Daily US Times: In picking Mike Pence, a veteran politician, as his vice-president in 2016, Donald Trump went with a safe choice that would also help secure him the evangelical Christian vote.
Mr Pence once described himself as “A Christian, a conservative and a Republican, in that order”. You could say he’s added steadfast Trump soldier to that list in the last three years.
Mr Pence has stayed largely out of the headlines since becoming Mr Trump’s right-hand man, diligently following the president’s lead, demonstrating the sort of public loyalty Mr Trump values and defending his policies.
Joel Goldstein, a professor of law at St Louis University who has written books about the vice-presidency, says: “Pence works for a president who insists on the spotlight and he is very careful to defer so as not to ruffle Trump’s feathers.”
But Mr Goldstein says, there are times when he is very visible, like last week when he did a number of talk shows after the Democratic convention. Other vice-presidents have not been so keen to get in front of the cameras.
Here are some times during Mr Trump’s first term that the vice-president took centre stage.
Leading the coronavirus taskforce
Mr Trump set the job of heading the White House Covid-19 taskforce on his vice-president’s shoulders in February.
Since then, he has fervently defended the administration’s response to the pandemic, praising the President’s actions even as the US faces millions of cases and over 177,000 deaths.
Mr Pence denied the notion of a second wave of infections and misleadingly attributed the nation’s surges to testing. He made headlines more recently for refusing to wear a mask during a visit to a top US hospital, despite its policies.
But the Vice-President has also garnered some praise for working with governors on both sides of the aisle behind the scenes, even as Mr Trump publicly feuded with them during briefings.
No dining with women (without his wife)
Mr Pence sent the internet into a tizzy after it emerged in 2017 that the vice-president once said he did not dine alone with women or attend events where alcohol is available unless his wife joins him.
The remark is decades-old and it came up in a Washington Post profile of his wife, Karen, and is a rule relatively common among religious conservatives. The late Billy Graham, an influential US evangelist, helped popularise the idea.
Mr Pence told the Hill newspaper in 2002: “If there’s alcohol being served and people are being loose, I want to have the best-looking brunette in the room standing next to me,” calling it “building a zone around your marriage”.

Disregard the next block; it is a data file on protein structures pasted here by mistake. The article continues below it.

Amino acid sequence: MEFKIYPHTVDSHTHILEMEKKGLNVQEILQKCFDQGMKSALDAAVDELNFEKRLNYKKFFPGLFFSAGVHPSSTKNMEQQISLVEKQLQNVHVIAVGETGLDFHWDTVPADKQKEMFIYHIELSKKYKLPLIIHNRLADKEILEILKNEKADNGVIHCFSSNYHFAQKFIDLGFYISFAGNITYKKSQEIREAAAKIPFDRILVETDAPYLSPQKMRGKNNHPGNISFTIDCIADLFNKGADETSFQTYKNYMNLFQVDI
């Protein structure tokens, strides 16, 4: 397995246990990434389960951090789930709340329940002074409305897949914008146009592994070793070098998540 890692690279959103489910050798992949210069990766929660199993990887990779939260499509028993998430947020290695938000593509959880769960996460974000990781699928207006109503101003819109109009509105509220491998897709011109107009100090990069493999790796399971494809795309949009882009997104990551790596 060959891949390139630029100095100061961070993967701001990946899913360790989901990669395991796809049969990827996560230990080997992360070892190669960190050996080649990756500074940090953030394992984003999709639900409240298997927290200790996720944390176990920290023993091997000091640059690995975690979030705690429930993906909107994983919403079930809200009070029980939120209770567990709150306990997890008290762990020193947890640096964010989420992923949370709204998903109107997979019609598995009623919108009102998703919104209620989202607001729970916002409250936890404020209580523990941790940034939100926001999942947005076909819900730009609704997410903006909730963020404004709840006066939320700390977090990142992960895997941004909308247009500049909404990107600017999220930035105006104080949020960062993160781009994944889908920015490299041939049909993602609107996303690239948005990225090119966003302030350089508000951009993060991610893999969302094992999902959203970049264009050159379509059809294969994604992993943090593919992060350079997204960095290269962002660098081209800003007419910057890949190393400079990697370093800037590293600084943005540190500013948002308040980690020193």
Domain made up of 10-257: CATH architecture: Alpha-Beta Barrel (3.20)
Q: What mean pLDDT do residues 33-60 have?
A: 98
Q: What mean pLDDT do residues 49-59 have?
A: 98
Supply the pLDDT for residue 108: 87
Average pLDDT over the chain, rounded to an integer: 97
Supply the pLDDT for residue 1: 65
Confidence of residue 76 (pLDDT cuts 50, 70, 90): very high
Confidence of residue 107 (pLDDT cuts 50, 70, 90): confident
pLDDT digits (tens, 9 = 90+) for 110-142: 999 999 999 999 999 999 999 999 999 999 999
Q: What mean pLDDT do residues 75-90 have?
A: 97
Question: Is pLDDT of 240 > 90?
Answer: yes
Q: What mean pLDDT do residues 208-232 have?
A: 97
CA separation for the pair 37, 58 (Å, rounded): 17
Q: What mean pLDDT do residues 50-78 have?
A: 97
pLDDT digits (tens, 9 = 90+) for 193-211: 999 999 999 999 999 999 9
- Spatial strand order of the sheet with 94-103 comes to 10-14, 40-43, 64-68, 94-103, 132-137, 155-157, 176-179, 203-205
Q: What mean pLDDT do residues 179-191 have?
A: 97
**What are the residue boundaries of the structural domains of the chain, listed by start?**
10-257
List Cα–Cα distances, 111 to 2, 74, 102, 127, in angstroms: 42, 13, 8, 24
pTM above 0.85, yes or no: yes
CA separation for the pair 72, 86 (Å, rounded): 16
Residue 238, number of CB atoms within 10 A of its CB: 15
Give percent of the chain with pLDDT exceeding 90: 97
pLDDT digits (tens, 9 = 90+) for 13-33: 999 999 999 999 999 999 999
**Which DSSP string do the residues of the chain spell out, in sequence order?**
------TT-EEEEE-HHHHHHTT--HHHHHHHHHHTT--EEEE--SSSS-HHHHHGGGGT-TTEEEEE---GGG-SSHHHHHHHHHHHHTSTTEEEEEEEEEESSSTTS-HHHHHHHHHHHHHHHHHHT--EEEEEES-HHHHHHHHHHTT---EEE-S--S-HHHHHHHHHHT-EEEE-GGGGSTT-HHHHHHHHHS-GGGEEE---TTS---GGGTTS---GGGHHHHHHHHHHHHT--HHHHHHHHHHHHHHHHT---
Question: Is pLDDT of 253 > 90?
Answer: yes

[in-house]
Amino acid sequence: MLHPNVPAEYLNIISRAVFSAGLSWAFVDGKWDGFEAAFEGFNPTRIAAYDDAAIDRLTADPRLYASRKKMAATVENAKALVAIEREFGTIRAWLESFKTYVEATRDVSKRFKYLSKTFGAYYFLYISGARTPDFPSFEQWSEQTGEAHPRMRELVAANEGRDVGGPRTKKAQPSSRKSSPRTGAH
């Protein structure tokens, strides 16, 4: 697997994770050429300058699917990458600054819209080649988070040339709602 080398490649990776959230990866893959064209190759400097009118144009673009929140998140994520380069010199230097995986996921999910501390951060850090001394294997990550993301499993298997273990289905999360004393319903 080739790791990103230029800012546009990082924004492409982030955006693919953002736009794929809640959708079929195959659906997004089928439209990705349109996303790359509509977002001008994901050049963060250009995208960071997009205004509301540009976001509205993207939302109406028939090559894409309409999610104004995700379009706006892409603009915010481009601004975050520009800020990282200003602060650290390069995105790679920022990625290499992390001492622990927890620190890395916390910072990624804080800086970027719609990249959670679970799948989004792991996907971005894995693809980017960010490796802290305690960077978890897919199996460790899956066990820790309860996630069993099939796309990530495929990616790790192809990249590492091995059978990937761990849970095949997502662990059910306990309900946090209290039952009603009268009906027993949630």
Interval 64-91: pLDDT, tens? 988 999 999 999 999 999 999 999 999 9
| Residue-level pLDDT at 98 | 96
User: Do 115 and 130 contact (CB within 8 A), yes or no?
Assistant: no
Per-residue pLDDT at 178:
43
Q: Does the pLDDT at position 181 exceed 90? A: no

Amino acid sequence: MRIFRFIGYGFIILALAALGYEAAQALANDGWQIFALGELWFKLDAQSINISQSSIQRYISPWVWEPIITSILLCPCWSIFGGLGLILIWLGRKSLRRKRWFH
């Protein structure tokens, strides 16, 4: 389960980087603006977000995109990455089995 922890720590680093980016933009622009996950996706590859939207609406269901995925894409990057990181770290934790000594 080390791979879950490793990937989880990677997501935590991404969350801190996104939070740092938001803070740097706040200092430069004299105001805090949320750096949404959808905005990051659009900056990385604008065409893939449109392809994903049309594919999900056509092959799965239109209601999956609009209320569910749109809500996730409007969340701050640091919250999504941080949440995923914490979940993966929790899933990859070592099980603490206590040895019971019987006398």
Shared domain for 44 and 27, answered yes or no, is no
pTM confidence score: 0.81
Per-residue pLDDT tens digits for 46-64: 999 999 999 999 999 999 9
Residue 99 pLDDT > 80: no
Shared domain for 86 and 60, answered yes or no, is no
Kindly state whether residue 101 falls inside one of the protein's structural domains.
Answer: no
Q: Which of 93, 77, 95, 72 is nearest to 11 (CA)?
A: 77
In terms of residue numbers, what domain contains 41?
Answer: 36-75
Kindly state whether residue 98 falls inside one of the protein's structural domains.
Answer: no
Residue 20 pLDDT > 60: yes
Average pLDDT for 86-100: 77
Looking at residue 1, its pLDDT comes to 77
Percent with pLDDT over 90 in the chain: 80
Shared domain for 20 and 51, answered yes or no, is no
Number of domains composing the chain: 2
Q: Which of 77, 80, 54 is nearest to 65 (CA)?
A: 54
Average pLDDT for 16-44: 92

Twitter users were quick to jokingly wonder if Mr Pence would refuse to meet with female world leaders, but it is not clear if he still abides by the rule.
Michael Flynn’s resignation
Former national security adviser Michael Flynn was the highest ranking official brought down by the inquiry into Russian election meddling – and his lies to the Vice-President were at the centre of it.
In a phone conversation with Mike Pence before Mr Trump took the oath to the office, Mr Flynn lied about having discussed lifting US sanctions on Russia with Russia’s ambassador.
In 2017, Flynn was forced to resign, as Mr Trump said he had lost faith in him after Flynn misled Mr Pence.
Pence told CBS News in December: “What I can tell you is that I knew that [Flynn] lied to me, and I know the president made the right decision with regard to him.”
The former national security adviser pleaded guilty to lying to the FBI about the same contacts, but in 2020, withdrew that plea.
Since then, the White House has warmed up to him – after the Justice Department dropped Flynn’s charges in May, Mr Pence said he would welcome Flynn back to the administration.
Addressing anti-abortion rallies
In 2017, Mike Pence became the first sitting vice-president to attend the anti-abortion March for Life rally, telling the demonstrators: “Life is winning again in America.”
He enacted some of the most restrictive laws against abortions during his tenure as Indiana governor. He’s also long been an opponent of Planned Parenthood, which provides family planning and abortion services across the country.
The anti-abortion track record of Mr Pence endeared him to religious conservatives and helped bring some evangelical heft to Mr Trump’s campaign.